Friday, January 04, 2013

Why You Should Care About FISA

I know everybody's been concerned about the fiscal cliff lately, but meanwhile something important has slipped under the radar that could be more serious than that for all of us.

Last week both houses of Congress overwhelmingly passed a five year extension to the Foreign Intelligence Surveillance Act (FISA), the law which allows warrantless eavesdropping, wiretapping and monitoring of anyone who may represent a threat to national security. The renewal has been signed into law already by President Obama.

Under this act, government investigators can datamine telephone, email and other online communications pretty much at will. Congress voted down proposed amendments to allow mandatory annual reporting of how often this is done or who this is being done to.

I know this sounds a bit histrionic, but consider this statement from Rand Paul last week:

“Some may ask well, why go to such great lengths to protect records? Isn’t the government just interested in the records of bad people?” Paul said. “Well, to answer this question, you must imagine your Visa statement and imagine what information is on your Visa statement. From your Visa statement, the government may be able to ascertain what magazines you read, whether you drink and how much, whether you gamble and how much, whether you’re a conservative, a liberal, a libertarian, whom do you contribute to, who is your preferred political party, whether you attend a church, a synagogue or a mosque, whether you see a psychiatrist, what type of medication do you take.” (emphasis added)

So this isn't something that, as a mental health professional, you can just shrug off since you're not 'one of the bad guys.'  Particularly now since the public and the government have pressing interests in liberalizing the flow of information between public safety and mental health systems in light of all the recent shootings. The FISA extension grants that authority. If a mental health patient could be deemed a general threat to public safety (read: national security)...well..think about it. Read the full Rand Paul link.

I know everybody is concerned about CPT code changes and impending reimbursement issues, but there's other stuff going on too right now. If you would like to know how your Congressman voted on this issue, you can read the roster here.

[My first post about this topic was in April 2006. It was the seventh of nearly 2000 blog posts we've put up. Seven years later, nothing much has changed.]


Joel Hassman, MD said...

The state of our political system is rife with narcissism and antisocial traits. I equally am concerned with this knee jerk reactivity by people when problems occur that require a multifaceted approach. But, in our field alone as example, it is about meds first, only, and always these days. And our leaders are not interested in frank and terse discussions. We have a President who embraces assassination as a fair and reasonable course of action with dissidence.

That should scare the crap out of anyone who has any idea what are the principles and foundation of what this country was founded on. 2013, as going on now, will be a very disturbing and frightening chapter for this country. And mental health care will regress seriously unless the providers across the discipline stand up for what is right, not what is convenient or easy.

CPT changes are just another nail in this coffin. Nails our own colleagues are hammering in to seal the profession in!

Sarebear said...
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Sunny CA said...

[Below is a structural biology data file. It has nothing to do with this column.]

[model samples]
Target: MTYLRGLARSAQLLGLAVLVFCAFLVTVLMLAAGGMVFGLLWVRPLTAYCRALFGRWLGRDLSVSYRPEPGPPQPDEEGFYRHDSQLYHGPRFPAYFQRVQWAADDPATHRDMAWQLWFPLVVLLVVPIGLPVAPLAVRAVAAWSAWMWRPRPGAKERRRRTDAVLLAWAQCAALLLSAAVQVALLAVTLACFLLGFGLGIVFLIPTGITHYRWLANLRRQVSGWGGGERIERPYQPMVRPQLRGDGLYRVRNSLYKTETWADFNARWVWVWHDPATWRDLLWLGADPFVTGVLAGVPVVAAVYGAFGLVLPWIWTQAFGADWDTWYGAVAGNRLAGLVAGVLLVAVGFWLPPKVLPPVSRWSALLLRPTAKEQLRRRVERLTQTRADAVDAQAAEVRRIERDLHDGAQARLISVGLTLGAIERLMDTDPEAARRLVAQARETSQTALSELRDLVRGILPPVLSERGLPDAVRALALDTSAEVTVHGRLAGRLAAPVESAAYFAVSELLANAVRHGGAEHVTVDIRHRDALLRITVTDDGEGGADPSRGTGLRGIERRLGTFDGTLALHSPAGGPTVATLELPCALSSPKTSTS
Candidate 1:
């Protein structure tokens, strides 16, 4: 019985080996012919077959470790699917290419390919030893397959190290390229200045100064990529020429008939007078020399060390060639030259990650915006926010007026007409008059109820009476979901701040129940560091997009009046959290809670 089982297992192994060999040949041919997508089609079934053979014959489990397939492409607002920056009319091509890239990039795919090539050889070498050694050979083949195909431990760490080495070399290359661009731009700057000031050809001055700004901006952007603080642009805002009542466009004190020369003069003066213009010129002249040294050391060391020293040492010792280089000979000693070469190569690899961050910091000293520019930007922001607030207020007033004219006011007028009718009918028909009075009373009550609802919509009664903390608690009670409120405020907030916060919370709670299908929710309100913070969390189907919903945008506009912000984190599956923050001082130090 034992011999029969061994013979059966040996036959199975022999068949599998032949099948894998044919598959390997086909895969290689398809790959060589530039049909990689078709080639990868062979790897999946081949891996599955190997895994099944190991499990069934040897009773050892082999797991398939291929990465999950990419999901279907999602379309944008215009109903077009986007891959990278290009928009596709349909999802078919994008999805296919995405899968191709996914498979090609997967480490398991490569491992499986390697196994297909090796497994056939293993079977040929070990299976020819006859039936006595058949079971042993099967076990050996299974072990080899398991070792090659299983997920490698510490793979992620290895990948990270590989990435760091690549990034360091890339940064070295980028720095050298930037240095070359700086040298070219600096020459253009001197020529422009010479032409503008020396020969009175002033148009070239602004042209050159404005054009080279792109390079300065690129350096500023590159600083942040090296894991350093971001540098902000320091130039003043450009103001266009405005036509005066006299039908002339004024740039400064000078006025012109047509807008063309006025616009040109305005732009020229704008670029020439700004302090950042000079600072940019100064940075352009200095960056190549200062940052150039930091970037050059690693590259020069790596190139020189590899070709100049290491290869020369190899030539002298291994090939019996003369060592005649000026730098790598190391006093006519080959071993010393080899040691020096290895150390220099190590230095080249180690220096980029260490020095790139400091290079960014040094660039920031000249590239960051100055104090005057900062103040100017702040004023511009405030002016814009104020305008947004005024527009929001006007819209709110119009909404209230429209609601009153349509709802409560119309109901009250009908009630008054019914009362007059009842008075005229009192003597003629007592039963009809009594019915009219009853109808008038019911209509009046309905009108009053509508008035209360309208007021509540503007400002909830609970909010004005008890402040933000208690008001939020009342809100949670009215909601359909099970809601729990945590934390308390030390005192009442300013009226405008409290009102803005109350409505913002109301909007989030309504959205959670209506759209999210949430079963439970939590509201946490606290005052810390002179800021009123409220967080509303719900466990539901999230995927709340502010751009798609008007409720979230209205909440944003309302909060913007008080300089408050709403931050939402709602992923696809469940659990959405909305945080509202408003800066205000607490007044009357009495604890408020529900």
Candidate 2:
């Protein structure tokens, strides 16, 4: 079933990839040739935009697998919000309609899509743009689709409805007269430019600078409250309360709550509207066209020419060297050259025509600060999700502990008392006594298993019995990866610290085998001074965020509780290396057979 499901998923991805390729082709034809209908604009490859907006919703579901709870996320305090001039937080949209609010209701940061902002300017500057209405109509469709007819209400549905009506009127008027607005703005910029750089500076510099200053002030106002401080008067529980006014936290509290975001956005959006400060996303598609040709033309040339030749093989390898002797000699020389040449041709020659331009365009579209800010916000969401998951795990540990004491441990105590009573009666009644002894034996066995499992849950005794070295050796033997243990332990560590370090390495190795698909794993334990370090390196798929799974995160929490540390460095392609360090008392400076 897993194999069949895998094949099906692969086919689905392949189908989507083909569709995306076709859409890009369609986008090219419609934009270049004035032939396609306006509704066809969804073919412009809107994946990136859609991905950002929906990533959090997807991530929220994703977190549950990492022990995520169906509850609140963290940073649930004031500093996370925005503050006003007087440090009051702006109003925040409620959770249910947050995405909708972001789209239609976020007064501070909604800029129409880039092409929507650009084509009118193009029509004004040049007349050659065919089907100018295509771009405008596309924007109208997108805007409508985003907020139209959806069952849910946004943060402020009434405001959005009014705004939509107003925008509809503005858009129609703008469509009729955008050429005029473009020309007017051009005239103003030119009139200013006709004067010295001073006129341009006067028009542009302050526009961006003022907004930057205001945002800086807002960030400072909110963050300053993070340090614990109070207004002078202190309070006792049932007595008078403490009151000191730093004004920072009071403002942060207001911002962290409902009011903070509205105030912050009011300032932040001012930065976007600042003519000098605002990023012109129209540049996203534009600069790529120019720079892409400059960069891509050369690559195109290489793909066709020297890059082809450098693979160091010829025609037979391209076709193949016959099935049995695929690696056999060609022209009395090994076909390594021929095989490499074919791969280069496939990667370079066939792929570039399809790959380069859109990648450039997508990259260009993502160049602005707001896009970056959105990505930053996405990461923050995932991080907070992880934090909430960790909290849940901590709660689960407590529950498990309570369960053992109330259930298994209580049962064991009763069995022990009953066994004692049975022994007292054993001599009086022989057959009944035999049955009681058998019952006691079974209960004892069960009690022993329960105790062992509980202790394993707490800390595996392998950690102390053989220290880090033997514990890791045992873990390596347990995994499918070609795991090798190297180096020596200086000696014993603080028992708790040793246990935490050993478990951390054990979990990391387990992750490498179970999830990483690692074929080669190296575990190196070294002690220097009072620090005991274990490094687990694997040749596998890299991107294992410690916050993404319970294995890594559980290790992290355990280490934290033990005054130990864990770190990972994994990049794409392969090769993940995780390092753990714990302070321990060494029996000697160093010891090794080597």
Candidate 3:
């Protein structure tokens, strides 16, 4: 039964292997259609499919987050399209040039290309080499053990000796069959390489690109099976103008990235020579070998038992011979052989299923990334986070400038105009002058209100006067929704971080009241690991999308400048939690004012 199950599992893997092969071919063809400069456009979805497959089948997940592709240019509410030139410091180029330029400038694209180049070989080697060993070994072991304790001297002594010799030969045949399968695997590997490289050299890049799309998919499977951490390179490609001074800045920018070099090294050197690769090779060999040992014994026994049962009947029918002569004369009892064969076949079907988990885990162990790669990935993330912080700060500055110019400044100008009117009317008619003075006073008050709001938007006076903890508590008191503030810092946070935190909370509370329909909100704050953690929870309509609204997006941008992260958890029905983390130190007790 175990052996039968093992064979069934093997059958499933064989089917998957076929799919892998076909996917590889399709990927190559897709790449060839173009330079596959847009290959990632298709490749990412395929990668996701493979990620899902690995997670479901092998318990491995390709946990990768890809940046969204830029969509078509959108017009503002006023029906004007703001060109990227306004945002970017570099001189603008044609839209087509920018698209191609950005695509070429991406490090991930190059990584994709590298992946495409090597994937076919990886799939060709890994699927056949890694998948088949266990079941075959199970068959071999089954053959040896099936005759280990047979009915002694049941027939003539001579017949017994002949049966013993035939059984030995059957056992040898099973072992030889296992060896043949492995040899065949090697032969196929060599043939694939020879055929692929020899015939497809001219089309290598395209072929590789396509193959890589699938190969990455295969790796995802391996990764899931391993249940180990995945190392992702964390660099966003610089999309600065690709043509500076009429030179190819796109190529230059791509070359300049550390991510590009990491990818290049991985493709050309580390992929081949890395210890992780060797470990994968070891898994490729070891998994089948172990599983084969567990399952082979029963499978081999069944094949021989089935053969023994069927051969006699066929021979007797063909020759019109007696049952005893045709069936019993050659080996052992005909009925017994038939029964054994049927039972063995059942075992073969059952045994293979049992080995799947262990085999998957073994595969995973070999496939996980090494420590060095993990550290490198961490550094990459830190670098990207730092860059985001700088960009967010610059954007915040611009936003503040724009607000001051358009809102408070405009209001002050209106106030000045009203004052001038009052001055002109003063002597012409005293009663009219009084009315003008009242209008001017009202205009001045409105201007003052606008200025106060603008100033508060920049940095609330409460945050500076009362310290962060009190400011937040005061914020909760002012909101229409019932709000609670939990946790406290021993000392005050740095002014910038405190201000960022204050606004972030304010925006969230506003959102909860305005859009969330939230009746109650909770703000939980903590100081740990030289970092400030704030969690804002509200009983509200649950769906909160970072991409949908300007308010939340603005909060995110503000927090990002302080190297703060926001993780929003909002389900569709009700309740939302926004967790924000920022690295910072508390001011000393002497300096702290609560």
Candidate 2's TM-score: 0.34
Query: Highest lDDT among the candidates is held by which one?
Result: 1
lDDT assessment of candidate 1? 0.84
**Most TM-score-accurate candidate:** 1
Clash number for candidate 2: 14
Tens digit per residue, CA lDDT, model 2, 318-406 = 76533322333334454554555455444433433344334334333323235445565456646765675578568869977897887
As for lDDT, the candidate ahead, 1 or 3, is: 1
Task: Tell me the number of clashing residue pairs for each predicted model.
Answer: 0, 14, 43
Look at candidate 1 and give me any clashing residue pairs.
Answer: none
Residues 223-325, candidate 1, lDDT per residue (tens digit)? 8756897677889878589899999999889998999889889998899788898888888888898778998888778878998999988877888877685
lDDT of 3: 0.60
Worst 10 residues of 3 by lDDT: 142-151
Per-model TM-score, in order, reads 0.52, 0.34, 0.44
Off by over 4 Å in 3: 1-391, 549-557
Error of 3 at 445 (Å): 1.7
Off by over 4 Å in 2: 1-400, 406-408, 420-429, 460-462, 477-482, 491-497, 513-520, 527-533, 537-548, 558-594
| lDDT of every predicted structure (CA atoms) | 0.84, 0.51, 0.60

On NPR today I heard a woman who said that "we need to stop people with serious mental illness" from having access to guns. Who is to make the determination of who has "serious mental illness"? Comments like these make me worry that someone like me could be lumped into the "seriously mentally ill" category even though my mental health is fine, because of my history. Creating a category like "seriously mentally ill" in the eyes of the government, seems like it could result in a serious loss of freedom. If I had known that seeking help when I did would have resulted in permanent restriction of my rights, I would not have sought help. That is pretty serious for the profession if other people think as I do. Imagine if there were a national registery of "seriously mentally ill" as there is for sex offenders. What if this information were public knowledge as it is for sex offenders and people went to websites to see maps of the neigborhood showing names and addresses of the "seriously mentally ill". As soon as we as a nation start down this road there is no telling where it would end. Already there is some forced medication, but imagine if everyone who ever entered the mental health establishment could be forcibly medicated for life or barred from professions. It is a really slippery slope.

Anonymous said...

Hi Sunny,

As one who wants stricter gun control laws, I totally agree with everything you said. Heck, it is the folks who don't have alleged mental illness that I would trust less with guns.

Don't even get me started on the forced medication issue.

And even though I haven't seen a psychiatrist for a few years, I worry because of electronic medical records, that I won't be able to keep my history hidden if I want to avoid disclosing it at future doctor visits. I have sadly learned that doing so results in horrible medical treatment.


Anonymous said...

I remember having lunch with a friend a couple days after 9/11. A big part of our discussion was our fear that terrible tragedy would lead to another tragedy--the vast expansion of governmental power to spy on its citizens and to curtail our freedom all in the purported interest of national security. In the years since, our disucssion has proven prescient. It is shocking to me how most people have simply acceded to this. It should be front and center of our national debate.